Hungarian Socialist Party was established in 1989 formally as a completely new party in the wake of the new democratic history of Hungarian politics. However, MSzP was in fact formed by the former members of the Hungarian Socialist Worker’s Party which dissolved itself at the very same convention. In the first free elections to the Hungarian parliament in 1990 the Socialists were the victims of their communistic roots and the party received just 10% of the vote. However, four years laters and under the leadership of Gyula Horn, MSzP gained one third of the vote and formed a coalition government with the liberal SzDSz which happened to be the most vigorous enemy of MSzP in the revolution year of 1989. Horn’s cabinet realized many socially painful policies and pushed forward the economic transformation of Hungary. These much needed policies however led to electoral defeat for the Socialists in the 1998 general election by the liberal-conservative Fidesz-MPP in 1998. MSzP fully transformed itself from a post-communist party and became a mainstream social-democratic party. This achievement can be illustrated by its membership of the Socialist International and the Party of European Socialists. In 2009 Gyurscány finally stepped down from both the premiership and chairmanship of MSzP. By this time SzDSz had aleady left the coalition. The MSzP politician Gordon Bajnai took over as head of the government until the general election of 2010 in an effort to restore the party's good name. However in the elections the Socialists received only 20% of the vote and went into opposition. In 2010 Attila Mesterházy became the chairman of the party.
Election manifesto 2006
For MSzP the central referential subject of the political program was the national community. In the opinion of the Socialists, one of the most important roles of the government was to protect the national interest of the Hungarian nation. Nation in this context was understood as the community of Hungarians at home and abroad. All those who spoke Hungarian and embraced Hungarian cultural heritage are part of the nation. For the Socialists there was a distinct Hungarian identity which was present in each Hungarian. This identity deserved protection and moreover should be supported and cultivated for the future. It was of great importance to ensure the continuation of the nation and, especially, of its distinctive identity. MszP, for example, stressed the need for a higher birth rate. National identity was not obtained by right of birth but rather as a result of acculturation. From that acculturation came affiliation to the national body. Consequently, Hungary as a state should take responsibility not just for Hungarian citizens but also for Hungarians living in foreign countries – especially those who resided in neighbouring countries. On several occasions the manifesto stressed this conviction and it went even so far as to suggest that Hungary should support the autonomy claims of Hungarian minorities in foreign countries. All this at the same time as calling for improvements in relations with those very same countries. In balancing these two goals of the manifesto, the EU proved to be crucial. According to MszP, the EU and its policies are helping foreign Hungarians and they also facilitate the reunification of the divided Hungarian nation.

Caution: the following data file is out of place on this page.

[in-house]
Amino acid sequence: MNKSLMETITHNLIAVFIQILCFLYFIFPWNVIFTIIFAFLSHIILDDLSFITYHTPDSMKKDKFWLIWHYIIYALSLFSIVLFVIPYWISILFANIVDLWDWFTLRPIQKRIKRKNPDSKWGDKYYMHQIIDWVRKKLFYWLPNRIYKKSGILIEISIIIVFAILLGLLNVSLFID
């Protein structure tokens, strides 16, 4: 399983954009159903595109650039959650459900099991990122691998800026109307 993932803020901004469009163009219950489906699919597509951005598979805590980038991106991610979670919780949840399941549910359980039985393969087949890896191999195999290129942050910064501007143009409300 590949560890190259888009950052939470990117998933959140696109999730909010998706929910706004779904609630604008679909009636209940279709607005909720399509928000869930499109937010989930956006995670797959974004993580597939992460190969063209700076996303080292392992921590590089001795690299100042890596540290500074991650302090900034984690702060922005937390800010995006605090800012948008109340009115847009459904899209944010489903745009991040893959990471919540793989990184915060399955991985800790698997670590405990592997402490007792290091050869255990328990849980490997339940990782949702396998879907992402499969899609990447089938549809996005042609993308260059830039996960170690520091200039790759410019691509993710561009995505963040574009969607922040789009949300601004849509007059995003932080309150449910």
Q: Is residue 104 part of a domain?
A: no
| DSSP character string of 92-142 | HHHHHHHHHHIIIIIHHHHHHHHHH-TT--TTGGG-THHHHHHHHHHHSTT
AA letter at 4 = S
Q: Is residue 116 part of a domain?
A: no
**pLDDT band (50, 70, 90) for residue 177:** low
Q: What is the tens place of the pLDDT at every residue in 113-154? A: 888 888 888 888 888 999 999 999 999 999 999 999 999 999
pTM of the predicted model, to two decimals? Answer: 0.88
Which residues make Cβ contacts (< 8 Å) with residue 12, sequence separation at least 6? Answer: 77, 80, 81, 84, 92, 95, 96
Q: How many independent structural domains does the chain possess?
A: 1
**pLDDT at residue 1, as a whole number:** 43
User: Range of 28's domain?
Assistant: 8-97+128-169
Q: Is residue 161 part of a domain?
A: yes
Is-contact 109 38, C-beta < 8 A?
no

Election manifesto 2010
In many places the manifesto admitted the mistakes of the previous socialist governments and also the poor state of the economy, but it also warned against the simple solutions of the far right. MSzP feared that the authoritative tendencies of the right would undermine democracy in Hungary. The Socialists referred to national pride and patriotism but pointed out that these true and legitimate values are perverted by extremists and possibly will be used by them to grasp power in the country in order to push forward policies which will spread hatred and will eventually lead to discriminatory policies and the rejection of liberal and democratic values. To tackle the problems Hungary had faced, MSzP suggested the cooperation of all elements of Hungarian society without regard to ethnicity, religion, social status or political affiliation. The Socialists rejected the idea that there is an evil side and a true Hungarian side in Hungarian political life. On the contrary, their goal was to empowe the excluded and marginalized of the country. That is why the manifesto dealt with the protection of minority rights, especially those of Roma people who were systematically discriminated against. MSzP considered it to be a national shame that it is impossible for some people to get out of social deprivation and that their children are, from birth, condemned to a similar life. For MszP, Roma were not to be treated as burdens on the shoulders of Hungarian society. The manifesto of 2010 described them as fellow citizens and really tried to treat them like that. Finally the MSzP manifesto for the elections of 2010 criticized the tendencies of the Hungarian right to close itself off from the world and from Europe. For the Socialists it was of crucial importance to strengthen European cooperation, especially in a time of crisis. It also called for improvement of relations with neighbouring countries which were threatened by the policies suggested by the political right. Hungary should cultivate it relations with the outside world, especially in the European context, in order to again become a stable partner and a prosperous democracy. In this respect, we did not detect any attempts to suggest meddling in the internal affairs of those countries with significant Hungarian minorities, as was the case in the 2006 manifesto.